I think it's entirely possible that Wilson feared for his life, but that really goes to the heart of the issue here. If that kid was white, he wouldn't be dead right now, because the officer would not have feared for his life in that circumstance.

But again, the kid was unarmed and within range. A taser would have been not only effective, but even if the cop was in actual danger, it would have neutralized that. (Tazers can shoot about 25 feet, btw.) This is emphasized by the fact that the kid did not have a weapon. He was unarmed. At that distance, even if the cop was being charged, he would have had plenty of time to (1) draw a gun after the taser failed, if it failed, (2) resort to other means (like pepper spray) before drawing his gun when the kid got closer, (3) or use any other means within his array of options to avoid taking a life.

My law teacher who was a police officer for 10 years and an FBI agent for another 10 explicitly told us that from a distance of 35 feet if someone is charging at you, the average police officer will be able to pull their weapon and get one shot off, only one, before the person charging gets to the cop. Brown displayed lethal intent in the car by trying to take his gun, from any police officer's perspective based on that statistic and the distance between them, he was perfectly justified in shooting, he would not have had time to drop his gun, pull a tazer, aim and shoot. If someone displays lethal intent against an officer of the law while the officer is trying to do his duty, the officer shouldn't have to be afraid of being prosecuted for protecting his life.

To put the whole racial aspect in to perspective, since everyone is implying the issue wouldn't have happened if the officer was black, let me ask another question:

If the same exact events played out with a black officer would there have been as much of an uproar, if any, and would you even be discussing the issue right now?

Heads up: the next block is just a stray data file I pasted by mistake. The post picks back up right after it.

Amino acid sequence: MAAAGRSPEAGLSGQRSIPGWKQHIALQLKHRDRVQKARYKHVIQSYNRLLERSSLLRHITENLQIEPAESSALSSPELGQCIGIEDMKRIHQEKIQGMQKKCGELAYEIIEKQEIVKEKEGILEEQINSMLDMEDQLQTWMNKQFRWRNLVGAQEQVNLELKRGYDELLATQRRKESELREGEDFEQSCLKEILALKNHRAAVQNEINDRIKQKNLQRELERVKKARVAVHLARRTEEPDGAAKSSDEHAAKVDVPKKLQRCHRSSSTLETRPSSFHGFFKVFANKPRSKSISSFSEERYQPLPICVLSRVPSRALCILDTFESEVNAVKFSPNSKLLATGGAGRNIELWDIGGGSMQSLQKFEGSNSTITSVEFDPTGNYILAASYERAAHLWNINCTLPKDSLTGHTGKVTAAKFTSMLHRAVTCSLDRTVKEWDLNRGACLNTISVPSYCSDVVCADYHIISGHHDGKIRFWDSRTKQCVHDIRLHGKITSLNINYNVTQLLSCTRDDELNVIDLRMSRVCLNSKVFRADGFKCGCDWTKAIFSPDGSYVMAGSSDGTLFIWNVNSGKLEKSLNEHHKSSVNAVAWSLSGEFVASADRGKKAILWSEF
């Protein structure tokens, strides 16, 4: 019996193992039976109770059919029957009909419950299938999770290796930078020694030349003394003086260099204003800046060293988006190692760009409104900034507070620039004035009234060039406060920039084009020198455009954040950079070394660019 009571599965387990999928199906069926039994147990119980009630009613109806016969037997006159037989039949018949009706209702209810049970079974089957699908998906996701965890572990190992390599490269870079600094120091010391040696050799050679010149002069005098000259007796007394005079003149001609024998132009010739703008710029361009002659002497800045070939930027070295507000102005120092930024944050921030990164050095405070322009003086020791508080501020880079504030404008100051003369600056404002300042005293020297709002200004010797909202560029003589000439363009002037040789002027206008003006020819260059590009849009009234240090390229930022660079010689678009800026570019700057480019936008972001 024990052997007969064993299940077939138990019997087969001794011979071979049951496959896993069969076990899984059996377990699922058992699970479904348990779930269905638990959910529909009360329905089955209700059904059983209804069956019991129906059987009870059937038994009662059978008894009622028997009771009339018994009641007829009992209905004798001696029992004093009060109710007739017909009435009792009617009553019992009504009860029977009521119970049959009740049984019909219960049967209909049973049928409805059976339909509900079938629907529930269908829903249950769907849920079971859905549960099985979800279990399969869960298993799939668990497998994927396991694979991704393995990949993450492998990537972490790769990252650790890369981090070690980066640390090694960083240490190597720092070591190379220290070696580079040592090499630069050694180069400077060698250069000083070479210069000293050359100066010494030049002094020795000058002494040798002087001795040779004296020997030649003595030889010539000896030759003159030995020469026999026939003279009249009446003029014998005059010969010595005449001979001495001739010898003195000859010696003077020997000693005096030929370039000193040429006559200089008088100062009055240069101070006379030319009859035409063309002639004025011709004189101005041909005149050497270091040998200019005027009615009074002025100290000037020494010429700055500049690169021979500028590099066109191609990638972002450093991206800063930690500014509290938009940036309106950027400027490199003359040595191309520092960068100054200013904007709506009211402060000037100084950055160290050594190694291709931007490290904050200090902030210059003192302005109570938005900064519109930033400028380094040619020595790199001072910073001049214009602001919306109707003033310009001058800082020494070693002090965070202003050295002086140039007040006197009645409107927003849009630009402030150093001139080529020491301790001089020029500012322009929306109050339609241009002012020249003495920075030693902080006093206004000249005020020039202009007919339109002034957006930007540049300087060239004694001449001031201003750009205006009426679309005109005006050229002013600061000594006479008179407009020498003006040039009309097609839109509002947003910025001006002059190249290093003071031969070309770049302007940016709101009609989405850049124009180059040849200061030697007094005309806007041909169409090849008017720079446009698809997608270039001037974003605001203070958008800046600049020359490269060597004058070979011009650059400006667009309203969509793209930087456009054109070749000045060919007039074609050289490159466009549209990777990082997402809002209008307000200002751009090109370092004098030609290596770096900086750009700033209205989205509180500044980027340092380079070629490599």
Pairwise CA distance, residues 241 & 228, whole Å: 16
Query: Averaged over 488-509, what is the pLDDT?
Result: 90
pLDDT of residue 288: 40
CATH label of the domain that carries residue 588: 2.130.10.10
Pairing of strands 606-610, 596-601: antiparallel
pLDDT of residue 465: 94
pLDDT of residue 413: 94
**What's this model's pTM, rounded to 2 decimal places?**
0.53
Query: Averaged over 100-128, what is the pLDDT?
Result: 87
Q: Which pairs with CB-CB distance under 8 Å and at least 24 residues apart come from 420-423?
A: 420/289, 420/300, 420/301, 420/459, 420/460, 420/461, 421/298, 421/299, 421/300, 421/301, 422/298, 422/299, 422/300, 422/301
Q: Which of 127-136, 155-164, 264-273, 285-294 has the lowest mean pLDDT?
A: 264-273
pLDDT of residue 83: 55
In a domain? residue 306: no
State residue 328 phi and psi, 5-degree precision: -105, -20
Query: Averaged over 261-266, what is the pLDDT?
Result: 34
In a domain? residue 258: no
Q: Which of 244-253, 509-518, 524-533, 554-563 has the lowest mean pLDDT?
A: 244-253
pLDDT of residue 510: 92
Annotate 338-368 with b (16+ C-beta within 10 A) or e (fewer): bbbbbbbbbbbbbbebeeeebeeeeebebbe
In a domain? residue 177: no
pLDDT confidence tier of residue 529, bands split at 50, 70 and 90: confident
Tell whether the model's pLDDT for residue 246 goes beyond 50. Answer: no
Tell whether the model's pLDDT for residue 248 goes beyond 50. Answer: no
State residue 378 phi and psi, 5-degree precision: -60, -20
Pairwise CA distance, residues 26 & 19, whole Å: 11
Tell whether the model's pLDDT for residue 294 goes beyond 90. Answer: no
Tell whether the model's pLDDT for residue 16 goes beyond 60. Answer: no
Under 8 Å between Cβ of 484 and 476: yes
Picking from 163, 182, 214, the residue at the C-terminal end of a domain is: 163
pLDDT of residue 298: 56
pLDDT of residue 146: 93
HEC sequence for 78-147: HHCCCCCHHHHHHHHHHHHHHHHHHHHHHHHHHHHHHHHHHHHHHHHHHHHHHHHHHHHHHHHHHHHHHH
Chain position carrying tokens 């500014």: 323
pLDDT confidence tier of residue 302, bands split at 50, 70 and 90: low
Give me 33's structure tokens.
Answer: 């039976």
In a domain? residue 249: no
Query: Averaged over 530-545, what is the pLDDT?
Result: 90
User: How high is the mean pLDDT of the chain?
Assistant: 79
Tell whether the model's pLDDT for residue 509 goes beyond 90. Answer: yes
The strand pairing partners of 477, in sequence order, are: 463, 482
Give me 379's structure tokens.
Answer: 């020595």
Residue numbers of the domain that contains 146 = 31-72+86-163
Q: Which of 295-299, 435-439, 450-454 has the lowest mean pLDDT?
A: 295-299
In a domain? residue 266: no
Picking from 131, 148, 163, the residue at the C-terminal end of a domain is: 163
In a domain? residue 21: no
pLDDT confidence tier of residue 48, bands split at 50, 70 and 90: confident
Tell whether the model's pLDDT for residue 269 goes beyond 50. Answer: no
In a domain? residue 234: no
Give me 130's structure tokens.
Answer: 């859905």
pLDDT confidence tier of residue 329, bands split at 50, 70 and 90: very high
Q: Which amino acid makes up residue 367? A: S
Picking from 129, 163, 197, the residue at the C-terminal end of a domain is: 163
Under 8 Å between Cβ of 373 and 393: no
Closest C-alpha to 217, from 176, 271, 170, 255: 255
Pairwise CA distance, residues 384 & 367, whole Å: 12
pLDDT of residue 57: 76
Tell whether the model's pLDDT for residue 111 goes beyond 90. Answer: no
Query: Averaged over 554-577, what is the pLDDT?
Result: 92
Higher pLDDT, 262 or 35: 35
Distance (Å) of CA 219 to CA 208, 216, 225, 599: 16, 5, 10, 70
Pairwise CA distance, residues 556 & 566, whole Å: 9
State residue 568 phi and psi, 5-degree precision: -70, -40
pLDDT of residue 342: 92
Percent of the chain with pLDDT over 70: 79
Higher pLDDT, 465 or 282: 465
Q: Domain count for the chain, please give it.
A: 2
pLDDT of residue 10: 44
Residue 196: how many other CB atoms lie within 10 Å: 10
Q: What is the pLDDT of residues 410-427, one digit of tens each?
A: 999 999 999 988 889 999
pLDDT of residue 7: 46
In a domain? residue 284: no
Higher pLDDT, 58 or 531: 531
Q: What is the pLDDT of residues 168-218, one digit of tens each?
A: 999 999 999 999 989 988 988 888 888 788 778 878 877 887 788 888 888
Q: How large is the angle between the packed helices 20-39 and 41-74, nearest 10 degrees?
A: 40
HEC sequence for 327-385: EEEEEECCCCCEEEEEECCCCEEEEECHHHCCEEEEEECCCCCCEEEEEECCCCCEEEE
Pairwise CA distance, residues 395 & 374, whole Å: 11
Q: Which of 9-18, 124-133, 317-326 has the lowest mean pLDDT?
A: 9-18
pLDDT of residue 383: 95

Answer is no

The cop failed, on all those counts, to use reasonable force. He used excessive force, and now a black kid is dead.

Or, in the heat of the moment he was angry enough to impulsively shoot Brown.

That's a possibility, and if that's the case the cop should be in jail right now. I assume it wasn't, because the cop is not in jail right now.

Or, a combination of the two.

If there was evidence that the cop drew his gun out of anger, again, he'd be in jail right now.
Df0512
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11/26/2014 11:48:16 AM
Posted: 2 years ago
Michael Brown death is a sad case. Witnesses did say they saw him charge the officer atleast once. I think it's silly for people to cry foul when on this one. He did not deserve to die but he robbed a bank and possibly tried to fight a cop. Black men should knw by now that if you give a cop an inch he will take a mile. And besides its not like there is an epidemic of black kids getting shot by white cops. We are killing each other far faster tnen cops are. But you don't see anybody protesting that. Maddness
xXCryptoXx
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11/26/2014 11:55:27 AM
Posted: 2 years ago
At 11/25/2014 2:51:46 PM, YYW wrote:
At 11/25/2014 12:42:00 PM, Vox_Veritas wrote:
At 11/25/2014 6:09:28 AM, YYW wrote:
At 11/25/2014 3:18:43 AM, PotBelliedGeek wrote:
There it is. I said it. I believe it. Rip me a new one.

No cop who shoots and kills an unarmed person, much less a kid, for any reason, is innocent. If Brown was actually "charging" (whatever the hell that means) the cop, the cop should have used a taser. Instead, he *chose* to take a life. Legally, there may not have been enough evidence to merit charges. This is because a fairly wide latitude is given to police officers to kill people. But in the courts of heaven, that cop will have a lot to answer for.

Wilson is also personally responsible for the riots that took place in St. Louis last night. But for his shooting the kid, those would not have happened. And moreover, I sympathize with the protesters/looters -not because I think looting or rioting is an acceptable activity, but because the reason they were out in the streets to begin with symbolizes all that is wrong with our justice system. If you're black, there is no justice system -and whenever sh!t like this happens, black people have even less reason to trust police authority.